Ethics panel extends probe of Rep. Andrews

The House Ethics Committee on Friday announced it has extended its investigation into Rep. Rob Andrews over allegations that the New Jersey Democrat misused campaign funds to take private family trips.

The secretive panel also released a lengthy report from the Office of Congressional Ethics (OCE) detailing the allegations, including charges that Andrews tapped tens-of-thousands of dollars in campaign funds to cover a 2011 trip to a wedding in Scotland, as well as multiple visits the same year to Los Angeles with his daughters.


Although Andrews has argued that the trips were political in nature – both the groom featured in the Scotland wedding and his daughters, he said, were volunteer campaign aides – the OCE alleges otherwise.

At the June 2011 Edinburgh wedding, the OCE said Andrews "engaged in no political activity, gave no political speeches, raised no campaign funds, and did not discuss his campaign with [the groom, Scott Street] or any member of Representative Andrews' campaign staff."

Surrounding the Los Angeles trips, the OCE found that "his daughters' airfare, meals, lodging, and other potential expenses were all paid for by his congressional campaign committee."

"Representative Andrews provided testimony that his daughters acted in a volunteer campaign staff role while there, a claim not supported by the evidence obtained," the 244-page OCE report added.

In April, OCE referred the matter to the House Ethics Committee for further investigation, citing "substantial reason to believe that he improperly used congressional campaign and Leadership PAC funds for personal use."

"If Representative Andrews improperly used these funds for personal uses, then he may have violated House rules and federal law," the OCE said.

Last month, the House Ethics Committee extended an initial deadline to Aug. 31. The panel has given no indication when it will reach a final verdict.

Andrews on Friday issued a meek statement noting that the Ethics Committee "has reached no conclusion on this matter."

"As the Committee continues its review, the record will show that I have followed all rules and met all standards of the House," Andrews said. "As always, I will continue my focus every day — striving to solve the problems and address the issues that confront the people of South Jersey."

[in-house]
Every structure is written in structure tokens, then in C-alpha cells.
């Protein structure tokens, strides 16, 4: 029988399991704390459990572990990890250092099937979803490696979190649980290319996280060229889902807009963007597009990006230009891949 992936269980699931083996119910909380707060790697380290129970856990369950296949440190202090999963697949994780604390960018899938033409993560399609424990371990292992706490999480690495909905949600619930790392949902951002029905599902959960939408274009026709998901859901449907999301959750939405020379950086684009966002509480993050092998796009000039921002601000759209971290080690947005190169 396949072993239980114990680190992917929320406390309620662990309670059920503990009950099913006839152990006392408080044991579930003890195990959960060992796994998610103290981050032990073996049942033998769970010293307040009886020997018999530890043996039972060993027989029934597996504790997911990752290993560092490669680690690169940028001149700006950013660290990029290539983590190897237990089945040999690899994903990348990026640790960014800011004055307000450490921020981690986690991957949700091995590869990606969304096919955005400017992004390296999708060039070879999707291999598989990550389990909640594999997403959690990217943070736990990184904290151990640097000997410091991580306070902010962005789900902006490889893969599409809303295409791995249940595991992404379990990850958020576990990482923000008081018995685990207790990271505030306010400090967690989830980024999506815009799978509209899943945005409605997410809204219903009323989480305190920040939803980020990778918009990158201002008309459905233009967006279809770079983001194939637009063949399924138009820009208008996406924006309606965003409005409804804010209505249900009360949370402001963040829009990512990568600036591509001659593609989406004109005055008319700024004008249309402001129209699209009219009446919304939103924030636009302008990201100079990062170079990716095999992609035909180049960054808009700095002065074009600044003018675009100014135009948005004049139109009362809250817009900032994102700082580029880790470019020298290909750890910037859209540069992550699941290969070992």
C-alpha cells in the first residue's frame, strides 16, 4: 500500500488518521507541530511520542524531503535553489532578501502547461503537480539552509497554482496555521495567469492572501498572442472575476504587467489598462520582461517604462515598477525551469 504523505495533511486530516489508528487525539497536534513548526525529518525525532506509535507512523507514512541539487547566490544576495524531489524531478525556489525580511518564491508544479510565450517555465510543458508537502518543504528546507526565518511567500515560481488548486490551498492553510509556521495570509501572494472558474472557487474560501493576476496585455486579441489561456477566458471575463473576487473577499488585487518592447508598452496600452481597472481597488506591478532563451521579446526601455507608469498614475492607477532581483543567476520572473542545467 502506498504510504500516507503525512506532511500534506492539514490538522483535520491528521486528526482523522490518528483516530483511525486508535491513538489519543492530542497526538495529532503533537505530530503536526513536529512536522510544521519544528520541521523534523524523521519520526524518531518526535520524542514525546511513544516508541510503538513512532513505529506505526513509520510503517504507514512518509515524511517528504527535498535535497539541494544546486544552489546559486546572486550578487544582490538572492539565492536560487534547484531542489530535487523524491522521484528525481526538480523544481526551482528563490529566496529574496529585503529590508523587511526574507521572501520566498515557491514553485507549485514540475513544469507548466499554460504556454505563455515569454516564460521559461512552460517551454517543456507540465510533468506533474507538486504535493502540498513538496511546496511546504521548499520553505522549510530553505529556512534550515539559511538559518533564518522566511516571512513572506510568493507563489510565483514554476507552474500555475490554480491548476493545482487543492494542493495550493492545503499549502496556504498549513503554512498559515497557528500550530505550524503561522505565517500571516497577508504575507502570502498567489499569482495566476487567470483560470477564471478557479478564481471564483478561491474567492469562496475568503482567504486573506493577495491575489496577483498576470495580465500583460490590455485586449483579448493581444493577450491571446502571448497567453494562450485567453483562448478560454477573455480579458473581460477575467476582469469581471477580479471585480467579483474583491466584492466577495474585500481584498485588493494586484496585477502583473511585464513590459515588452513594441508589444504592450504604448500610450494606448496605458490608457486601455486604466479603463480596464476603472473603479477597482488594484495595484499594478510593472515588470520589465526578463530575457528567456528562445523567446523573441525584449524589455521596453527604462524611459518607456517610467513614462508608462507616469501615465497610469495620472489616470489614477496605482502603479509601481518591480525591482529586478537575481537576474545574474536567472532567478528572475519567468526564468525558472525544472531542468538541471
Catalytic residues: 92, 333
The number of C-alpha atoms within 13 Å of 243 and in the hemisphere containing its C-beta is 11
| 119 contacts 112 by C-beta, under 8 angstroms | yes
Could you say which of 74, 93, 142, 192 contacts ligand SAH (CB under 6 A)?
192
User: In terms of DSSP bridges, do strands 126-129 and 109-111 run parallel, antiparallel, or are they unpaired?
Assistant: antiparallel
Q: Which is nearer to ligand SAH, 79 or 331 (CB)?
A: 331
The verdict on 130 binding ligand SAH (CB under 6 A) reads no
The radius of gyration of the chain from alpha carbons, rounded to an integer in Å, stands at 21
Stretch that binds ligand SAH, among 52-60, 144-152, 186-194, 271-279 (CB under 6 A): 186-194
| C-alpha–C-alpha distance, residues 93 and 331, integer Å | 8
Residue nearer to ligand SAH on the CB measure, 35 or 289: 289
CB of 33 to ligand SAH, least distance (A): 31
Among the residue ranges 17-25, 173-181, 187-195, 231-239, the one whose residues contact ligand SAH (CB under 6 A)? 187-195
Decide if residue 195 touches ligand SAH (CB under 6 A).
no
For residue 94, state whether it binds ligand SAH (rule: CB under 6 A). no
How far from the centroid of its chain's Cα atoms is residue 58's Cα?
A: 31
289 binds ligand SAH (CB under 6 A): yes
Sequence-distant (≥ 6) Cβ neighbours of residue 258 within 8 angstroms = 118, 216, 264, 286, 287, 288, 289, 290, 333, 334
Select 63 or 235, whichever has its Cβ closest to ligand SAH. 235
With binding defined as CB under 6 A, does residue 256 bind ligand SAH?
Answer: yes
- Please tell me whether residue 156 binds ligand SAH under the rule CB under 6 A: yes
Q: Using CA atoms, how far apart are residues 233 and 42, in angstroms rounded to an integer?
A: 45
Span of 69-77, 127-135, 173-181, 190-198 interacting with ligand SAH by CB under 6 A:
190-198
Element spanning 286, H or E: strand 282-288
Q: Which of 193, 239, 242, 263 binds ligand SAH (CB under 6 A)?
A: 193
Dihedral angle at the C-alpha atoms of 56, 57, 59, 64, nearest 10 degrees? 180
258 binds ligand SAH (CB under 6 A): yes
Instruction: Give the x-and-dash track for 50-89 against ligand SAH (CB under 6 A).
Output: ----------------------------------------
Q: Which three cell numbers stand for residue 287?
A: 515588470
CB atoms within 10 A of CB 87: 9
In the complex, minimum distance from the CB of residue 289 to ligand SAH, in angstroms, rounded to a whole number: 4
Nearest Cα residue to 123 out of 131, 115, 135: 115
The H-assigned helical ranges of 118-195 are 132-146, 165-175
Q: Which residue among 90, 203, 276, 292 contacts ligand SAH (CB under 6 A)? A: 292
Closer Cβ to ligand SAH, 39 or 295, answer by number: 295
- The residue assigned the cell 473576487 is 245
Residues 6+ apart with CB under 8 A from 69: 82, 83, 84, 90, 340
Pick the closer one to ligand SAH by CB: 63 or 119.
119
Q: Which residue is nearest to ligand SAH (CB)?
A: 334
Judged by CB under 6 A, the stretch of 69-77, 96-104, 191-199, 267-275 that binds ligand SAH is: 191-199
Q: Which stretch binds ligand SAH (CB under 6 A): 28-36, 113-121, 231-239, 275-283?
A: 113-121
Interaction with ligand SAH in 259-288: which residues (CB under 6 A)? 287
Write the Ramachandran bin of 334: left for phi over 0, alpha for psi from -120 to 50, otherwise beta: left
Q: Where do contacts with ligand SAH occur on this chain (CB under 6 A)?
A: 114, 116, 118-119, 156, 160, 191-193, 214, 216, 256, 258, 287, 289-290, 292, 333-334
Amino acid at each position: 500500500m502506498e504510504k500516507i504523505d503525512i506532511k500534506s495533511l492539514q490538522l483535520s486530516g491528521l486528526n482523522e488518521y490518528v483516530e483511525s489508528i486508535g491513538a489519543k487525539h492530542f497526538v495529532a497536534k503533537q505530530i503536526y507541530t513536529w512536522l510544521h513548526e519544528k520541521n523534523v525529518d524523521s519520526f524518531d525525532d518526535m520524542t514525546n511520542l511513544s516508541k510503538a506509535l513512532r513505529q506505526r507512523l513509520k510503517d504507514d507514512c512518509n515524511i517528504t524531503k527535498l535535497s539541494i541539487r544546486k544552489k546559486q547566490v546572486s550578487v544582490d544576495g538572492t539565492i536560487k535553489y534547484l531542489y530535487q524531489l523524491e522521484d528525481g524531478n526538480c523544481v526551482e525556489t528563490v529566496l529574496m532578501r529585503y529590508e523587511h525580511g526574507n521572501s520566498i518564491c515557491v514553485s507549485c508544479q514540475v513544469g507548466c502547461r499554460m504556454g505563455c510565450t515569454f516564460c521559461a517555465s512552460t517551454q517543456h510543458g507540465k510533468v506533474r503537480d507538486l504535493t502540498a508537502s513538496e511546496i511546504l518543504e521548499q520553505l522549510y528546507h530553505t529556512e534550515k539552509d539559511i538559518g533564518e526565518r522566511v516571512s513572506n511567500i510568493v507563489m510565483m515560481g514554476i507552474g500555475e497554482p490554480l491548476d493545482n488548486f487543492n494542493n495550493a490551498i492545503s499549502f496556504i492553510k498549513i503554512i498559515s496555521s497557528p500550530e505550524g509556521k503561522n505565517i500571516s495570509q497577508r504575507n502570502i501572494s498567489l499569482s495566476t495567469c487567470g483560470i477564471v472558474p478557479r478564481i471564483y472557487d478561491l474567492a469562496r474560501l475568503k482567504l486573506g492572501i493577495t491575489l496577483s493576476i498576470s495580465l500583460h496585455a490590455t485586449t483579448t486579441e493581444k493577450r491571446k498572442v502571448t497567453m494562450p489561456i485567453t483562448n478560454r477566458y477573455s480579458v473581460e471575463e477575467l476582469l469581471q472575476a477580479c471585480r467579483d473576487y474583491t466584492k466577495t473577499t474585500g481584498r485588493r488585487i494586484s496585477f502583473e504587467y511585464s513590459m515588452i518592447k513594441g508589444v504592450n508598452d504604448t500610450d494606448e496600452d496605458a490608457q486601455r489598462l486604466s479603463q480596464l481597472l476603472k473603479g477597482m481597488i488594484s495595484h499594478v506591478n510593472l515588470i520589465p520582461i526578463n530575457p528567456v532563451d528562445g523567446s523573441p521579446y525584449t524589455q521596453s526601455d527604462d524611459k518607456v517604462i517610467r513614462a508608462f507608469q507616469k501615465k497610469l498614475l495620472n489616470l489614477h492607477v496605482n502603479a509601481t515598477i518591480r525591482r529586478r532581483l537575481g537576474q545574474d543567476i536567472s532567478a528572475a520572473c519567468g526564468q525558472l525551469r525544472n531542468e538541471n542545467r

The remarks are a far cry from the combative statement he issued last month, when he called the ethics charges "categorically false."

“None of these accusations involve the use of taxpayer or government money," he said in a July 17 statement. "Our campaign's public disclosures show that every dollar of our campaign funds was properly spent and fully disclosed.”

Still, last November Andrews reimbursed his campaign committee and leadership PAC to the tune of $30,114.58, the OCE report reveals.

The OCE also alleges that Andrews declined to turn over campaign and Leadership PAC calendars between March 2008 and early February 2012.

Furthermore, OCE said, Andrews released credit card statements "with significant redactions" making it impossible for investigators to "asses what types of charges Representative Andrews or his wife consider to be personal in nature, and if these charges corresponded with dates reflecting bona fide campaign or political events."

The OCE recommended that the Ethics Committee subpoena Andrews for the missing information.

Citizens for Responsibility and Ethics in Washington (CREW), a government watchdog group, filed a separate Federal Election Commission (FEC) complaint against Andrews last year when reports of the alleged misspending first surfaced in the New Jersey press.

Meantime, the 11-term Democrat is vowing to push on with his campaign for reelection.

"In the past few months, I have listened to and interacted with thousands of my constituents and I am humbled by and grateful for their support," he said in Friday's statement. "I am committed to continuing to work as hard as possible for the people of our community and nation."